US 341128 A
Description (OCR text may contain errors)
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' G. D. BURTON.
ELECTRICAL CONNECTION. No. 341128. Patent-ed May 4, 1886.
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ELBGTRIGAL G ONNBGTION.
No. 341,128. Patented May 4, 1886.
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G. D. BURTON.
ELEGTRIGAL CONNECTION. No. 341,128. Patented May 4, 1886.
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UNITED STATES PATENT OFFICE.
GEORGE D. BURTON, OF BOSTON, MASSACHUSETTS.
SPECIFICATION forming part of Letters Patent No. 341,12adated May 4.1886- Application filed January 9, 1886. Seri-.Il No. 188,113.
.To all whom it may concern.'
Be it known that I, GEORGE D. BURTON, a citizen of the United States, residing at Bost0n, in the county of Suolk and State of Massachusetts, have invented certain new and useful Improvements in Electrical Connections, of which the following isa specification, reference being had therein to the acccompanying drawings.
This invention relates to certain new and useful improvements in the electrical connections used in electrical circuits on board ot' trains, either for the purposes of electric lighting or of signaling.
In the accompanying drawings, forming a portion of this specification, and on which similar letters of reference indicate the same or corresponding features, Figure 1 is a sectional view showing the sections of the hose connected; Fig. 2, a modied means of connection between the couplings; Fig. 3, a View showing the entrance of the wire into the hose. Fig. 4 shows the connection with a modied form of coupling. Fig. 5 shows the means of connection on the end of the last car of a train with the coupling shown in Fig. 4, and Fig. 6-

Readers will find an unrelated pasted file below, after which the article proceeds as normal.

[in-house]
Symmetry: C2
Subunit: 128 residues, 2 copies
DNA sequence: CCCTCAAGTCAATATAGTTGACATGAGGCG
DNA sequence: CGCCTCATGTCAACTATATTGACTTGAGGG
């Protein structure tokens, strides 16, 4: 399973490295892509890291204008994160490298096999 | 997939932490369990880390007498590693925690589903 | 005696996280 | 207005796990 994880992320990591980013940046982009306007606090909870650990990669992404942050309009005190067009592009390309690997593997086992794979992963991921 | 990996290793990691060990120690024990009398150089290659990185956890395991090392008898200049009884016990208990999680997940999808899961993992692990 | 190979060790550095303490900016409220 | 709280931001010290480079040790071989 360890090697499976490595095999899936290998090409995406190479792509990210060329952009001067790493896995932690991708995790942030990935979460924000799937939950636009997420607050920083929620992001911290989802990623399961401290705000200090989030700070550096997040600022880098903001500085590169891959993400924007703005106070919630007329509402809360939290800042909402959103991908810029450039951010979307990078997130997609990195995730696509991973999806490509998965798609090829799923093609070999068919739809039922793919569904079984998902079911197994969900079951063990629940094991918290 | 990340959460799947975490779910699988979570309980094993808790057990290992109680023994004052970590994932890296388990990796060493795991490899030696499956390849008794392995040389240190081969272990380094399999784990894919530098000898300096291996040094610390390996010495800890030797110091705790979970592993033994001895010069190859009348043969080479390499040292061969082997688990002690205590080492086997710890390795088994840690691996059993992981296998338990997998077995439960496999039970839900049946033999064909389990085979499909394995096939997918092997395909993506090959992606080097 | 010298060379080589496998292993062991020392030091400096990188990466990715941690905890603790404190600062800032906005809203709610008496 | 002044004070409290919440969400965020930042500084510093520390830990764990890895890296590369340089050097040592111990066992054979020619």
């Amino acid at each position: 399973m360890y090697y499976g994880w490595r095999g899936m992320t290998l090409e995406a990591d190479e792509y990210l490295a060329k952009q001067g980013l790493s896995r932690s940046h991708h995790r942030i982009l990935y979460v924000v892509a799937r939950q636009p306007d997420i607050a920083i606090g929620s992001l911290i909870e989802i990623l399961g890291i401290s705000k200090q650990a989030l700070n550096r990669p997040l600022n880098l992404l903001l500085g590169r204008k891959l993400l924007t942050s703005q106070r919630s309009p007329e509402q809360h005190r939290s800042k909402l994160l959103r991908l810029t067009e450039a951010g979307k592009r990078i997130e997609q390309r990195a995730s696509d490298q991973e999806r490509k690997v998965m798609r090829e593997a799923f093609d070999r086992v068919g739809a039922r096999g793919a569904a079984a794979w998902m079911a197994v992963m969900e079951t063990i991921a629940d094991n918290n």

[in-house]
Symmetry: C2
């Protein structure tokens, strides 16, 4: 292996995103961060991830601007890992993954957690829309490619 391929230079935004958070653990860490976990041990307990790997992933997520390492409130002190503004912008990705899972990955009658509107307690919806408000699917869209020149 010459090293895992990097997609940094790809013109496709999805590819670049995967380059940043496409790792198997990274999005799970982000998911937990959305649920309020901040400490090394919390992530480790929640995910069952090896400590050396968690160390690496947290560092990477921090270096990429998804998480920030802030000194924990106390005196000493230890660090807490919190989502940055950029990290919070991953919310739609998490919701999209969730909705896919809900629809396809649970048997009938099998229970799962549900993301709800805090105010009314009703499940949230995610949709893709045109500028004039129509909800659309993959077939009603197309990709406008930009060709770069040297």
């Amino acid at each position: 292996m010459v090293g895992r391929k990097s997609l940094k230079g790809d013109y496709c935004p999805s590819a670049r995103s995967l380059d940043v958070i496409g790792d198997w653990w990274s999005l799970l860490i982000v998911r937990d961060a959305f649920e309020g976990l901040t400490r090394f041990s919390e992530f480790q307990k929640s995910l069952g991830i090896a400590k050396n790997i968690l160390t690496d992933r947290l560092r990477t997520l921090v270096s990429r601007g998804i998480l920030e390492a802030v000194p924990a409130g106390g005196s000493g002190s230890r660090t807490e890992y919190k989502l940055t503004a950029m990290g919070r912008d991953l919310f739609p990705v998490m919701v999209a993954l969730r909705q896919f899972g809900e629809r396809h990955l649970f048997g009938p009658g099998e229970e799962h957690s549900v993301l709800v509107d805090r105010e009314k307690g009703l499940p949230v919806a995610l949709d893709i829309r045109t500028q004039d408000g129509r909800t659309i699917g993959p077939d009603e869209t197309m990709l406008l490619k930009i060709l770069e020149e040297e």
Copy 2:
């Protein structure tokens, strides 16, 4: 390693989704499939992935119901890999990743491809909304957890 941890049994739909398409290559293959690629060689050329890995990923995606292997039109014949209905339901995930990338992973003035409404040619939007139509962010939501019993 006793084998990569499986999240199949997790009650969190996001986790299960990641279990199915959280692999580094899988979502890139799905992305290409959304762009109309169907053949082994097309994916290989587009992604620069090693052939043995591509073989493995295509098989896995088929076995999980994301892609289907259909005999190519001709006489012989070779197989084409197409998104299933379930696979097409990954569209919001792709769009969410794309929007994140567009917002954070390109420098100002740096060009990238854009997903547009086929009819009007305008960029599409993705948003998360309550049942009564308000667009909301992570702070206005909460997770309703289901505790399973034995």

is a detail view of the hook which supports the hose-coupling shown in Fig. 4. at the rear of the train. Fig. 7 is a detail transverse sectional view of the coupling shown in Fig. I,
embraced by the hook shown in detail in Fig. 9. Fig. 8 represents a longitudinal section of a coupling provided with electrical conductors which extend through the hose and are secured to the valves in the central part of the coupling; and Fig. 9 is a plan View of the hook shown in Fig. 7, which embraces the cross-bar ot' the packing-ring washer when the hose is hooked up on the bumper or coupler of the car.v
The letter A designates the two connecting sections of the hose of an air-brake provided each on one end with the usual coupling, B. The interior of each coupling is provided with the rubber packi-ng-ring C, held in place by the washer D. One of the couplings (the upper one in this instance) is provided on that side of the face which fits against the other coupling with a curved spring, E, securely fastened at one end and curved so as to extend beyond the plane of the face of the coupling. The other coupling is provided with a corre- (No model.)